A clear example of Wise Use influence on the New Christian Right can be found by looking at the peculiar evolution of the Oregon Citizens Alliance (OCA), a group that was founded in the ashes of the 1986 electoral defeat of Joe P. Lutz. Lutz was a fundamentalist minister trying to wrest the Republican nomination for Senator away from incumbent Bob Packwood, whose moderate and pro-choice stance angered many fundamentalists; Lutz barely lost, garnering 42 percent of the vote.
Much like the impressive conservative mobilization after the presidential defeat of Barry Goldwater in 1964 and the conservative Christian mobilization after the presidential defeat Pat Robertson in 1988, Lutz’s supporters created OCA as an ultra-right-wing pressure group, one that the ACLU has called “the most militant anti-gay organization in the northwest.” In 1988, the group advocated a statewide vote to overturn an order protecting homosexuals from discrimination in state government. The group has also threatened to run ultra-conservatives third party candidates, forcing prominent Republicans to compromise on key issues of importance to far-right voters. Despite the collaboration of many conservative groups and political agendas, the Washington Post has noted that the OCA’s organizing strength really comes from the group’s “conservative Christian activists.” Under a banner of “traditional family values,” the OCA continued such activism, including measures to force a vote on an initiative that would prohibit protection of homosexuals against discrimination and harassment. The OCA claimed 150,000 members in 1992.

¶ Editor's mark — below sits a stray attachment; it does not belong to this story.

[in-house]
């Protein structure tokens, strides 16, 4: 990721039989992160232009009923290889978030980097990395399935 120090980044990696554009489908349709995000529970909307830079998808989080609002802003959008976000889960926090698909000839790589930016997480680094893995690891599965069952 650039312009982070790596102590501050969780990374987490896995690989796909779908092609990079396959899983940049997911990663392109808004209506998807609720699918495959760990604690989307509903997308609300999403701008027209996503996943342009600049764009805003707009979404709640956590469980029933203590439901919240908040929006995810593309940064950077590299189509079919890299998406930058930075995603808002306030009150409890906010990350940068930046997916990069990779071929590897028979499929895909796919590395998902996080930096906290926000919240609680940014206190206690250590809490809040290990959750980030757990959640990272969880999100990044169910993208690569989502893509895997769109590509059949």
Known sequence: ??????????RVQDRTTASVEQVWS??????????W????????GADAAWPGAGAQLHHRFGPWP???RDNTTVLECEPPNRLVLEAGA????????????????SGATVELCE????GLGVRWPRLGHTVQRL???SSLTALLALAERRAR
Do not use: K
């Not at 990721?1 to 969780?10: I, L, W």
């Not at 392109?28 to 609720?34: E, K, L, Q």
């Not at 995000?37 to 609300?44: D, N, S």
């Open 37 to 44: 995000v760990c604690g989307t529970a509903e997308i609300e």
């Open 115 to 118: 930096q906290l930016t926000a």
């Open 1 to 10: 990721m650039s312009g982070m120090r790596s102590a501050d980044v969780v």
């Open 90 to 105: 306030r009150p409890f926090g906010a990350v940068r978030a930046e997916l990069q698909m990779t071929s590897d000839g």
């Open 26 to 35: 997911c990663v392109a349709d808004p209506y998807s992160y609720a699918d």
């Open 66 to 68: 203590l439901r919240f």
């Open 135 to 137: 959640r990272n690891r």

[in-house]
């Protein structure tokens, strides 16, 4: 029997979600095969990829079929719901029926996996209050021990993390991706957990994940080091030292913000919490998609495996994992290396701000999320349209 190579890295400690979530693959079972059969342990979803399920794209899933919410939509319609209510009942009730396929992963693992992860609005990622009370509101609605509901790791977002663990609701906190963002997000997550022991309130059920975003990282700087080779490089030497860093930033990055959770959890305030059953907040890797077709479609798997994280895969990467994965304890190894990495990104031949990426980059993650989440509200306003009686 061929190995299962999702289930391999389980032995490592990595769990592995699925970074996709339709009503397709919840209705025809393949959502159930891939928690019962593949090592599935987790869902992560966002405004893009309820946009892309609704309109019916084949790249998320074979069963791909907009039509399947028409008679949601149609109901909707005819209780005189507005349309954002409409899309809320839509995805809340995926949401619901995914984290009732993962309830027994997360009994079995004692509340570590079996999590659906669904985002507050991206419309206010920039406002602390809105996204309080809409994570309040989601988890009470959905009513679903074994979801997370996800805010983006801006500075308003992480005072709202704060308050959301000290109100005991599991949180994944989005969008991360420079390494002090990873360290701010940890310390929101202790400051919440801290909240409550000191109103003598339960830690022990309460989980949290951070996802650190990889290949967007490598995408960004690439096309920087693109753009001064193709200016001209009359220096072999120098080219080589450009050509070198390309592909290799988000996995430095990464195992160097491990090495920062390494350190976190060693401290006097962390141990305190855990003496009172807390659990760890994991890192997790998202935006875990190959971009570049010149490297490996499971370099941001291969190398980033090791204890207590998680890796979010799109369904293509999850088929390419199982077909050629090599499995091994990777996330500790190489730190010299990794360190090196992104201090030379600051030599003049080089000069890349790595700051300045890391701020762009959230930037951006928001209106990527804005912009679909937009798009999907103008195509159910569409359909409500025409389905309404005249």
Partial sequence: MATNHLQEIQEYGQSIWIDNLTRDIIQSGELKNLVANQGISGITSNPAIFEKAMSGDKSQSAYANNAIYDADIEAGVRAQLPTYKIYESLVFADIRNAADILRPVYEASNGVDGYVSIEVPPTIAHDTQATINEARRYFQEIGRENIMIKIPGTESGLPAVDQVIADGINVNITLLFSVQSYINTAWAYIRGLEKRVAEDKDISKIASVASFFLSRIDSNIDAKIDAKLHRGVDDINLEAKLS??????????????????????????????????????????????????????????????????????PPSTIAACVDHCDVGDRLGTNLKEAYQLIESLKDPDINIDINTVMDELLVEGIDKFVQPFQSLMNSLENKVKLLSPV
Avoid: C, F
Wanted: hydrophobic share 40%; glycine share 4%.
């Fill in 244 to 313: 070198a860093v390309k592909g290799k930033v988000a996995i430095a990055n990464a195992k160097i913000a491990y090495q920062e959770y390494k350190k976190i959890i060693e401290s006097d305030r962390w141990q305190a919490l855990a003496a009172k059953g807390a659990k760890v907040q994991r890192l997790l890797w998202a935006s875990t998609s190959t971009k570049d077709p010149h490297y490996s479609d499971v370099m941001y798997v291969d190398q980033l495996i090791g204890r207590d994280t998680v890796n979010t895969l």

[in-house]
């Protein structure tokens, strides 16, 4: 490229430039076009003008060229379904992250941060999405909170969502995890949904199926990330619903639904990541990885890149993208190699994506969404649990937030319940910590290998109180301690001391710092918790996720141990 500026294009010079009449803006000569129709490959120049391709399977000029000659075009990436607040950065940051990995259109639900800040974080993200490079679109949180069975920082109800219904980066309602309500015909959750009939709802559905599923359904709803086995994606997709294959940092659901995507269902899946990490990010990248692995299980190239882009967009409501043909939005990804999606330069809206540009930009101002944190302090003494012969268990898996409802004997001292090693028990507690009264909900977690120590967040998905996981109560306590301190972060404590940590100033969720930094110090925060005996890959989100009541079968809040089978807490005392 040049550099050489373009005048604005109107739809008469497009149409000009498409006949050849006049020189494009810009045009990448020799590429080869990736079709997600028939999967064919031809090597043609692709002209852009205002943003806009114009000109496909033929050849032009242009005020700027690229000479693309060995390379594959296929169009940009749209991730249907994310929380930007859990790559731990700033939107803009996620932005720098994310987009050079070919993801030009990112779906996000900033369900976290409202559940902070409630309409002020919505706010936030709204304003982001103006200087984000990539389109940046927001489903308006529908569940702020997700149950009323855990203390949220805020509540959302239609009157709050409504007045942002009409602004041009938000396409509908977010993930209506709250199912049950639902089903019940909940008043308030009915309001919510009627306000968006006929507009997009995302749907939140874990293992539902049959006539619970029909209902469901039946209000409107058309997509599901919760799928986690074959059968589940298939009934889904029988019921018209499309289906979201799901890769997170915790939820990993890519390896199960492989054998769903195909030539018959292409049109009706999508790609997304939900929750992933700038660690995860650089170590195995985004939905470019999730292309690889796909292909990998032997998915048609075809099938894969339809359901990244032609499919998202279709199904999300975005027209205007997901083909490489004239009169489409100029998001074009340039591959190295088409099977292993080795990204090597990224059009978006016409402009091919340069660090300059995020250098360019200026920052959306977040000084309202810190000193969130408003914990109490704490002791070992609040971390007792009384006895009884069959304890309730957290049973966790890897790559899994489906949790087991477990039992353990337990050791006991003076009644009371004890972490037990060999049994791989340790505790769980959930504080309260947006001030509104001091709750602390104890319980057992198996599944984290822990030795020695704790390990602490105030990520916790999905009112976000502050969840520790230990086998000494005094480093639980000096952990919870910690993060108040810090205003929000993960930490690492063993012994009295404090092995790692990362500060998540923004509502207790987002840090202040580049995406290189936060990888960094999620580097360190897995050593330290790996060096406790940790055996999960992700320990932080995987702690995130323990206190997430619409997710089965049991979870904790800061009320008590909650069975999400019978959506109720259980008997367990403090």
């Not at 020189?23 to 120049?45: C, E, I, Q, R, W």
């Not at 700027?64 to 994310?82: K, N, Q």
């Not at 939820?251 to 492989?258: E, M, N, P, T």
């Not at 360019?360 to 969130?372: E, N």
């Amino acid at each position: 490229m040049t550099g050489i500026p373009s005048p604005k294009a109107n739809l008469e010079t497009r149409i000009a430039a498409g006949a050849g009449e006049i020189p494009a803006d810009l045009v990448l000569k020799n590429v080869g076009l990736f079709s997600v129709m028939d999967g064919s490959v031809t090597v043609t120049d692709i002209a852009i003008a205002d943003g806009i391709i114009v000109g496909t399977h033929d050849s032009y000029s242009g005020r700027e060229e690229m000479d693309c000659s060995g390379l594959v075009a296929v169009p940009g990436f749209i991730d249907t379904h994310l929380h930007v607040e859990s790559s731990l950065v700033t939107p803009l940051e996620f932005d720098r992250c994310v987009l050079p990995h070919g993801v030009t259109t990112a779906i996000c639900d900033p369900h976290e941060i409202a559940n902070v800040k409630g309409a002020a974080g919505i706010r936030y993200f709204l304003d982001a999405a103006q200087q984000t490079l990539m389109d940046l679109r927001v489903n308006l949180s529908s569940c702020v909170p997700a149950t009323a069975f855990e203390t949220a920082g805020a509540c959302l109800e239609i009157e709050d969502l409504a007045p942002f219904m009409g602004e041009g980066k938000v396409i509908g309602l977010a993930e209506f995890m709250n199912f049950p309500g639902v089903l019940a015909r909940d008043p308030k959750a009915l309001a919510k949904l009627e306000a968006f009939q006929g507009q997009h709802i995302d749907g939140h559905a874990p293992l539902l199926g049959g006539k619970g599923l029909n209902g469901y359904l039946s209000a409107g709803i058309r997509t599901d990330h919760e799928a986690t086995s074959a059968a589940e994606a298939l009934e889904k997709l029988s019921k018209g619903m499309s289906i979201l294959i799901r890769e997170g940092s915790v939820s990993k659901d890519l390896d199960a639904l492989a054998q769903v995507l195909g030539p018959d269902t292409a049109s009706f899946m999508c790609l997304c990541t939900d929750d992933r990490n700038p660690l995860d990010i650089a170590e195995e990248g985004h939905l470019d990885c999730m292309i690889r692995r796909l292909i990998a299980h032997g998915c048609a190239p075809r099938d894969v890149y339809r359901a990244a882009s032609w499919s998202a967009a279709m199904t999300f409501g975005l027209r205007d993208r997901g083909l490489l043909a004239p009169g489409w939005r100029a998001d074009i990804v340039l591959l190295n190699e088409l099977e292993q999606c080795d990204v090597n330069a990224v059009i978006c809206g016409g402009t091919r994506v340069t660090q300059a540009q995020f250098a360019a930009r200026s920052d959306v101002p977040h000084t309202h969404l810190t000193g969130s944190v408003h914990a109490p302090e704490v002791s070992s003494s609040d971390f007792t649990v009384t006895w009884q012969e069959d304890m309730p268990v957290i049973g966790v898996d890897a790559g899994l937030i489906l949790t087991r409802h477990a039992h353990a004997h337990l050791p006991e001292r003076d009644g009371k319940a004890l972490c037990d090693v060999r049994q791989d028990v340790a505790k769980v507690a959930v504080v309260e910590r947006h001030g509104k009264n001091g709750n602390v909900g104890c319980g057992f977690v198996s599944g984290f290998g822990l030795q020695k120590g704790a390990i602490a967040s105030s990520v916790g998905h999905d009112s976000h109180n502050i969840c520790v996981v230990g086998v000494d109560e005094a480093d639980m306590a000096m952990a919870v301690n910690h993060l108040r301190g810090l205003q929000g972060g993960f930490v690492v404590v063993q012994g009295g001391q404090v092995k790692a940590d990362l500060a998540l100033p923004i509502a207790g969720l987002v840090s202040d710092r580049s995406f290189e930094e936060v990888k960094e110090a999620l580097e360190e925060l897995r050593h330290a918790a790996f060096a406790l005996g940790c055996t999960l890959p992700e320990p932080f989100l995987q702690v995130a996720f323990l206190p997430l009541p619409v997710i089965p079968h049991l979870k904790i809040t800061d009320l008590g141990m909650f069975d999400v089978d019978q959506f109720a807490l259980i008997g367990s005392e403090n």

Even though the OCA was founded to advocate issues of importance to religious voters, the group’s funding stream seems to have significantly broadened its ideological platform, according to a 1993 report by Dave Mazza, currently editor of he Portland Alliance. After years of subsidy by anti-environmental groups, the OCA drafted a statement of principles that not only reflected their New Right agenda, but it also, according to Mazza, included “several articles which dovetailed with the philosophical direction the nascent Wise Use Movement was going: privatization of government where possible, free market economy, nearly absolute private property rights and the conviction that the environment was primarily for the use of man.” Mazza goes on to note that the “religious right, Wise Use, industry and other forces are tapping the same population pool, and that ties between these various factions are being created at the grassroots level.”